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I have been a member of stackoverflow for more than a year now. I love this website. I love it for the community that answers, discusses and questions my questions. I have been more of a question bag on this site (almost 60 questions - thats one question per week). And, that's coz I am someone who is learning a lot - I don't treat myself as a guru or something. Now, here is a question that I asked recently. This question was recommended for close by people 5 people and it was closed. I can't seem to fathom the logic behind preventive closure. And I am not sure why there is no option to undo your recommendation for closure. Please read my comments on the question to understand why it frustrates me. I hope I got my point across.

EDIT I see how people tend to miss the point and generalize this as a yet another 'we've-seen-it-all-every-day' question. My complaint is about how it hurts and upsets me (and this particular case how I was offended), when everyone with 3k+ reputation gets to have a say, and how they can say anything they want and get away with it. I am not just talking about the process, I am trying to suggest that when you give powers to people, you need to have a control system over it. Now, I am beginning to think, if I should answer more questions and be more worried about my rep, so that I can one day feel priviliged and behave like a bully.

I read the FAQ and I see that there is no logical answers to some questions:

  1. Why is the number of minimum votes required for close at 5? What calculation brings you to this number? Why is not 10 or 20?
  2. Why not have basic criteria defined for vote-to-close? Something on the lines of... any question with too much activity in a day (too many people discussing it, which means too many comments/ replies). You close it as argumentative when you see people arguing over it - this is how it is done real life, but preventively killing it before arguments begin, cannot be justified.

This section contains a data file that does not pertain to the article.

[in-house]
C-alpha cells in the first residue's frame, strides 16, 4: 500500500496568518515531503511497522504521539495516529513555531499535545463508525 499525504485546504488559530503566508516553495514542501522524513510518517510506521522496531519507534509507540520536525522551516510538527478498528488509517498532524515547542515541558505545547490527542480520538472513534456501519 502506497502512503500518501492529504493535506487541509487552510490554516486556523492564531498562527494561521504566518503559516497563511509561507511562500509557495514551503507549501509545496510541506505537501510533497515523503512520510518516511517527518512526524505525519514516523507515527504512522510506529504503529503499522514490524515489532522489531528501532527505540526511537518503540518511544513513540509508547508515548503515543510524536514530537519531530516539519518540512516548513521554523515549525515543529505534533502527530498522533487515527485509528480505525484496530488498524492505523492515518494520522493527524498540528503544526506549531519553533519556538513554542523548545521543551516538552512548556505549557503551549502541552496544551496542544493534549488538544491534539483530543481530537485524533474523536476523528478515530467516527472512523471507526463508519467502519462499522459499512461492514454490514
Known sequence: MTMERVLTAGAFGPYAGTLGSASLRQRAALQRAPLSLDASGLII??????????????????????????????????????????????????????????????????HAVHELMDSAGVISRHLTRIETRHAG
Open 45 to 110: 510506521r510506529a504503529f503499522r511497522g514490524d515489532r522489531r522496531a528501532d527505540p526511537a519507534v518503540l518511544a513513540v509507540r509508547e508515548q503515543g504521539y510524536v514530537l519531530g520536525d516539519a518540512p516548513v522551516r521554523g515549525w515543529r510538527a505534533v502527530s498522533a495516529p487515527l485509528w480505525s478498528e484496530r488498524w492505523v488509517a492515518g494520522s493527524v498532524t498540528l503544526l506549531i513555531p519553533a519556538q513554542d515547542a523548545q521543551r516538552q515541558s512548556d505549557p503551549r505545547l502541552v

3. Why not let the moderators do this work? Why give powers to everyone with rep? Why rep is the only measure to get there?
  4. I was offended by someone's comments - what do I have to do about it?

EDIT2 Ok, I want this end on a constructive note. I would like to suggest this feature/enhancement for betterment of the community here: Whenever, a vote-to-close is requested on a question, please have the voter quote a reason-for-close. It will help the OP understand why his/her question is off-track and it would give him/her enough input to correct it.

I hope my suggestion made sense.

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Related: meta.stackexchange.com/questions/915/… –  Gnoupi Jul 23 '10 at 9:21
    
Gentle suggestion. Read through your edit again, note the dramatic change in tone. Consider rolling it back for now. Think about the points you're going for in the edit, if any, that are missing from the OP that aren't directly confrontational or emotional, and repost those. I think you were expressing understandable frustration, but the change in tone in your edit is going to undermine your goal of getting thoughtful responses to your question. And if you're truly offended (not just in disagreement with) anything, you should flag for mod attention. –  Jaydles Jul 23 '10 at 12:27
    
jaydles Thank You. I will consider your advice. –  Jay Jul 23 '10 at 12:29
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when you vote to close, you have to specify a reason; it might be helpful if the reasons for the current close votes were listed so the OP could adjust –  Steven A. Lowe Jul 23 '10 at 15:05
    
I think @Steven is spot-on. When wouldn't it be better for the reasons (but not the users) to be shown prior to enough votes coming in to close it? It either A) makes no difference, or B) helps the OP to edit his question (or merge/delete it). This is covered here: meta.stackexchange.com/questions/11183/… –  Jaydles Jul 23 '10 at 15:12

4 Answers 4

up vote 8 down vote accepted
  1. The community has decided that subjective/discussion-y things are bad.
  2. The community has decided that anything that sounds like it will generate lists, "I do" & "me too" answers, or any answer or comment that contains "love," "favorite," or "you're just being a fanboy," is subjective, and is therefore bad. (See #1)

Now, whether one agrees or not, I think it's safe to say that it's been discussed to the point of stability. (Whether it's optimal or not, it's not changing soon.)